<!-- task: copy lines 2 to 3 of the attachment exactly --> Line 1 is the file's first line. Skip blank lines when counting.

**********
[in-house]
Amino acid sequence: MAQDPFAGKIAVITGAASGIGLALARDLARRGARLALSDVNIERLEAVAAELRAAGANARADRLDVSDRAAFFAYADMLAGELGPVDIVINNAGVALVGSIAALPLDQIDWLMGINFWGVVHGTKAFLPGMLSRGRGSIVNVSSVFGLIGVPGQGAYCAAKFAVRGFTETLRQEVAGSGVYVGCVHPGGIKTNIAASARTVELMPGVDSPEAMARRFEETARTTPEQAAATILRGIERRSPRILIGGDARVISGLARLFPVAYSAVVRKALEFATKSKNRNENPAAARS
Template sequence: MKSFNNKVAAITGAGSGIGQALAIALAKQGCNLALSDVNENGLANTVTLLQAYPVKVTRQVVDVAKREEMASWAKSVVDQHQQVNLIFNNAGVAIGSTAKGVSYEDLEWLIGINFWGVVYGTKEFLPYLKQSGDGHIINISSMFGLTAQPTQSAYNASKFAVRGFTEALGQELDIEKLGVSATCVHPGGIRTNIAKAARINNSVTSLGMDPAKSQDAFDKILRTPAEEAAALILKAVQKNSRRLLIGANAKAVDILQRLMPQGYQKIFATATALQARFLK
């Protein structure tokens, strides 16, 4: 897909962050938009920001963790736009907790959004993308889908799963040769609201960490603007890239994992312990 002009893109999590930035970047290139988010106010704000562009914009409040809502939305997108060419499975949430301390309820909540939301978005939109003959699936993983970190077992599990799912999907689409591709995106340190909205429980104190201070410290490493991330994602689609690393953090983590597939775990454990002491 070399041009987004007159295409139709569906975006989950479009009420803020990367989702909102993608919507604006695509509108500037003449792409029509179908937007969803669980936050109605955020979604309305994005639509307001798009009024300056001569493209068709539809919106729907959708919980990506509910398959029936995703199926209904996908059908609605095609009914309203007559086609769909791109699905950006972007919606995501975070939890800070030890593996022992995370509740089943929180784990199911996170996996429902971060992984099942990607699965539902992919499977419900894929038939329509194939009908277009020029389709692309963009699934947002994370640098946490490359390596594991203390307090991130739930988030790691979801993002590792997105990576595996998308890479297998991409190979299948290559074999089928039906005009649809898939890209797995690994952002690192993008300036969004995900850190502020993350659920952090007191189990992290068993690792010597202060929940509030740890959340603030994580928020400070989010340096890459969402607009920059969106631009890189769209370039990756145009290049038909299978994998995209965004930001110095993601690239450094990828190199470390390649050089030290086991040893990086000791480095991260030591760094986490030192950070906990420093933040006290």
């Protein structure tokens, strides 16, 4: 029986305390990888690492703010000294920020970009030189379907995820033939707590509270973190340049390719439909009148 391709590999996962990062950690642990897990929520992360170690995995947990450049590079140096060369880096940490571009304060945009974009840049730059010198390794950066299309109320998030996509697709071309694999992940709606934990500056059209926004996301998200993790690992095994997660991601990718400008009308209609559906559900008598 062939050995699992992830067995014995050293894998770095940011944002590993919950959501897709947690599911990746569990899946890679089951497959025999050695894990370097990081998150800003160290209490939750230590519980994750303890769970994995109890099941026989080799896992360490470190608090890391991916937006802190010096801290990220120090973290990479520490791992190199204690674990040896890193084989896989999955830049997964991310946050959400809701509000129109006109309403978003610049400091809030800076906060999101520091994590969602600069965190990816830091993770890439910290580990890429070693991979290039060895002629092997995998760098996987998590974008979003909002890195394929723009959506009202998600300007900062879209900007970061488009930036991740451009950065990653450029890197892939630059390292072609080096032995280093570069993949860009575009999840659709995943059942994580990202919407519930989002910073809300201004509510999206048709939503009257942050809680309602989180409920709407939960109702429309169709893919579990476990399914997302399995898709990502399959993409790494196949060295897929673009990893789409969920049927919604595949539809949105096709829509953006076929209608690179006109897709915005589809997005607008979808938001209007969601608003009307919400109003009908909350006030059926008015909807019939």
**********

Amino acid sequence: MAQDPFAGKIAVITGAASGIGLALARDLARRGARLALSDVNIERLEAVAAELRAAGANARADRLDVSDRAAFFAYADMLAGELGPVDIVINNAGVALVGSIAALPLDQIDWLMGINFWGVVHGTKAFLPGMLSRGRGSIVNVSSVFGLIGVPGQGAYCAAKFAVRGFTETLRQEVAGSGVYVGCVHPGGIKTNIAASARTVELMPGVDSPEAMARRFEETARTTPEQAAATILRGIERRSPRILIGGDARVISGLARLFPVAYSAVVRKALEFATKSKNRNENPAAARS
Template sequence: MKSFNNKVAAITGAGSGIGQALAIALAKQGCNLALSDVNENGLANTVTLLQAYPVKVTRQVVDVAKREEMASWAKSVVDQHQQVNLIFNNAGVAIGSTAKGVSYEDLEWLIGINFWGVVYGTKEFLPYLKQSGDGHIINISSMFGLTAQPTQSAYNASKFAVRGFTEALGQELDIEKLGVSATCVHPGGIRTNIAKAARINNSVTSLGMDPAKSQDAFDKILRTPAEEAAALILKAVQKNSRRLLIGANAKAVDILQRLMPQGYQKIFATATALQARFLK